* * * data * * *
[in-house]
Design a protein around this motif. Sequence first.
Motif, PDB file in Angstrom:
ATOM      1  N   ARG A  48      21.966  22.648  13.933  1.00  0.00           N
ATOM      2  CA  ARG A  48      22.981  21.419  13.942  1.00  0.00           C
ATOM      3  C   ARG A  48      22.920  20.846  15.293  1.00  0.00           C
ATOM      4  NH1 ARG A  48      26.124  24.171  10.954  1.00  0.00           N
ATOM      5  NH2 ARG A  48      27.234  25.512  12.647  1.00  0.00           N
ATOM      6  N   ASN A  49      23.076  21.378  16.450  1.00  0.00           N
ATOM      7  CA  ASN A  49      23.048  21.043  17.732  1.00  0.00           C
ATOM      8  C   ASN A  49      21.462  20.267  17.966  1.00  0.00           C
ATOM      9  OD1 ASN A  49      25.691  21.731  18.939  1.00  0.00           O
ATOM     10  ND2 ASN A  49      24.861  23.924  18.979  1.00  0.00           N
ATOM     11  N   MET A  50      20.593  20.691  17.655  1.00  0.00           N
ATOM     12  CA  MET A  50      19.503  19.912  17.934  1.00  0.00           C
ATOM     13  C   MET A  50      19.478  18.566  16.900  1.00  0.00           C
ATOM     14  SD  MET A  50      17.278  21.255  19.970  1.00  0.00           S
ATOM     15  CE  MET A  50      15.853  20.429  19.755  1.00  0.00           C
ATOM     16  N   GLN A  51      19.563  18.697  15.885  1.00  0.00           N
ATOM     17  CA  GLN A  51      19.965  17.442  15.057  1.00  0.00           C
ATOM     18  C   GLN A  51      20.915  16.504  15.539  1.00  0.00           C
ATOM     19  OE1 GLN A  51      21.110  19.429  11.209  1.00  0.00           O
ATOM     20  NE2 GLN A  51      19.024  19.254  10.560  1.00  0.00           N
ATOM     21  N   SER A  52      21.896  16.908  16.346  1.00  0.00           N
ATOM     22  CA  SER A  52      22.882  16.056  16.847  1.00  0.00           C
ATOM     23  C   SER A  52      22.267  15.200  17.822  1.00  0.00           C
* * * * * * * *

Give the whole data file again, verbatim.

[in-house]
Design a protein around this motif. Sequence first.
Motif, PDB file in Angstrom:
ATOM      1  N   ARG A  48      21.966  22.648  13.933  1.00  0.00           N
ATOM      2  CA  ARG A  48      22.981  21.419  13.942  1.00  0.00           C
ATOM      3  C   ARG A  48      22.920  20.846  15.293  1.00  0.00           C
ATOM      4  NH1 ARG A  48      26.124  24.171  10.954  1.00  0.00           N
ATOM      5  NH2 ARG A  48      27.234  25.512  12.647  1.00  0.00           N
ATOM      6  N   ASN A  49      23.076  21.378  16.450  1.00  0.00           N
ATOM      7  CA  ASN A  49      23.048  21.043  17.732  1.00  0.00           C
ATOM      8  C   ASN A  49      21.462  20.267  17.966  1.00  0.00           C
ATOM      9  OD1 ASN A  49      25.691  21.731  18.939  1.00  0.00           O
ATOM     10  ND2 ASN A  49      24.861  23.924  18.979  1.00  0.00           N
ATOM     11  N   MET A  50      20.593  20.691  17.655  1.00  0.00           N
ATOM     12  CA  MET A  50      19.503  19.912  17.934  1.00  0.00           C
ATOM     13  C   MET A  50      19.478  18.566  16.900  1.00  0.00           C
ATOM     14  SD  MET A  50      17.278  21.255  19.970  1.00  0.00           S
ATOM     15  CE  MET A  50      15.853  20.429  19.755  1.00  0.00           C
ATOM     16  N   GLN A  51      19.563  18.697  15.885  1.00  0.00           N
ATOM     17  CA  GLN A  51      19.965  17.442  15.057  1.00  0.00           C
ATOM     18  C   GLN A  51      20.915  16.504  15.539  1.00  0.00           C
ATOM     19  OE1 GLN A  51      21.110  19.429  11.209  1.00  0.00           O
ATOM     20  NE2 GLN A  51      19.024  19.254  10.560  1.00  0.00           N
ATOM     21  N   SER A  52      21.896  16.908  16.346  1.00  0.00           N
ATOM     22  CA  SER A  52      22.882  16.056  16.847  1.00  0.00           C
ATOM     23  C   SER A  52      22.267  15.200  17.822  1.00  0.00           C